Shipments of portable computers continue to grow faster than those of desktops, according to industry analysts of the computer and business equipment market.
And, for the first time, a year-to-year decrease in domestic desktop shipments is forecast.
``The trend toward miniaturization in general affects the total volume of plastic,'' said Roger Kay, president of Endpoint Technologies Associates Inc. in Wayland, Mass. More small corporate desktops portend less plastic per unit.
Large, wide-aspect, 16-9 ratio notebook computers are replacing desktops because the performance penalty [for portability] is not as great as in the past and the wider screen allows for ``a decent-sized keyboard,'' Kay said.
More thermally efficient designs also help the portability trend and reduce the gap with desktops, Kay said. In coming years, portables and desktops ``will have more in common than ever before,'' she said.
Vendors in both portable and desktop sectors promote units with premium features and higher prices in targeted ``market niches where they can squeeze additional margin,'' according to Richard Shim, senior research analyst for personal computing with International Data Corp. in San Mateo, Calif.
``Gaming has been rife with opportunity for the bigger players,'' Shim said. ``For desktops, look for more multimedia capabilities and efforts to make use of digital media for home buyers easier. For notebooks, look for wider screens in more models and a wider use of wireless capabilities.''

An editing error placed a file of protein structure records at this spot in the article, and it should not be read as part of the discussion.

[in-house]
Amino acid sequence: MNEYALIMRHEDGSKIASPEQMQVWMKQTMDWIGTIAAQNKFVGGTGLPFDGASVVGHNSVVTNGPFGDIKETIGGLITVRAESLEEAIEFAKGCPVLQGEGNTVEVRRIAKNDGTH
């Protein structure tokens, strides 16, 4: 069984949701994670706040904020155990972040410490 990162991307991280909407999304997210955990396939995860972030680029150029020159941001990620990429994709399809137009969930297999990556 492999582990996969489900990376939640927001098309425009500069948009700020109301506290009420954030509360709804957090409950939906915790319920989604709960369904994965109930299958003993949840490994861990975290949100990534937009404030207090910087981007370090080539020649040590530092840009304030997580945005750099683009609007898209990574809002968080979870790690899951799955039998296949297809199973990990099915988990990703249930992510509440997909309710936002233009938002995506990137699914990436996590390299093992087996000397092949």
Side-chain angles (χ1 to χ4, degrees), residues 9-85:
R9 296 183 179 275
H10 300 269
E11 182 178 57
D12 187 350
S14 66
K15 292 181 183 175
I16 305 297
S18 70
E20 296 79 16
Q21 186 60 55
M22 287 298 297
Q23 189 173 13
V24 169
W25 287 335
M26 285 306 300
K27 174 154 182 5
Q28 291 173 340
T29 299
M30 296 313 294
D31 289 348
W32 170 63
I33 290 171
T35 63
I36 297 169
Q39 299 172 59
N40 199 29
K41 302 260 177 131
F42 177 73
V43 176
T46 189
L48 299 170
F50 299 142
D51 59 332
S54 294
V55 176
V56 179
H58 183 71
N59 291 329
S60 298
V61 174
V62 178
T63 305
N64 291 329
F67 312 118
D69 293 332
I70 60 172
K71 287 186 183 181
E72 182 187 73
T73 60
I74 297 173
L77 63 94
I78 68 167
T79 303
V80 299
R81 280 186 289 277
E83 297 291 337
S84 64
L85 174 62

In similar forecasts, the industry analysts project 2006 worldwide shipments of 78.5 million notebooks, compared with last year's 64.8 million. Domestic shipments will be about 27.1 million vs. 21.5 million last year.
For desktops, Endpoint and IDC foresee 2006 global shipment of 143.9 million units, compared with last year's 136.4 million. In a slight downturn, domestic shipments will be about 39.4 million vs. 40 million last year.
For color laser printers, Peter Grant of Gartner Inc.'s Dataquest projects domestic 2006 shipments of more than 1 million units vs. 880,000 last year.
Color sales keep growing solidly and indicate buyers prefer to use ``color for color and mono for mono,'' said Grant, the firm's research vice president for printer markets and management in San Jose, Calif.
Grant projected domestic 2006 shipments of more than 3.6 million monochrome laser printers, compared with last year's 3.4 million units.
``People are returning to monochrome from inkjet'' printers for a one-cartridge print solution, Grant said.
Purveyors of plastic toner cartridges ``can continue to raise prices'' so that the ``cost per page is creeping up,'' Grant said.
``People do not care because monochrome is so much cheaper than ink,'' he said.
International Data Corp. projects 2004-09 compound annual domestic growth rates of 15.5 percent for color page printers and, reflecting gradual market maturation, 1.1 percent for multifunctional copy-print-scan-fax peripherals.
Gartner Dataquest foresees 2006 domestic shipments of nearly 1.8 million monochrome copiers vs. 1.75 million last year, said Lynn Ritte, the firm's principal analyst for digital documents.
The popularity of letter- or legal-size copiers from Hewlett-Packard, Canon and Sharp is driving shipments, Ritter said.
Also, vendors are promoting color-enabled monochrome devices that encourage consumers to buy one copier instead of two.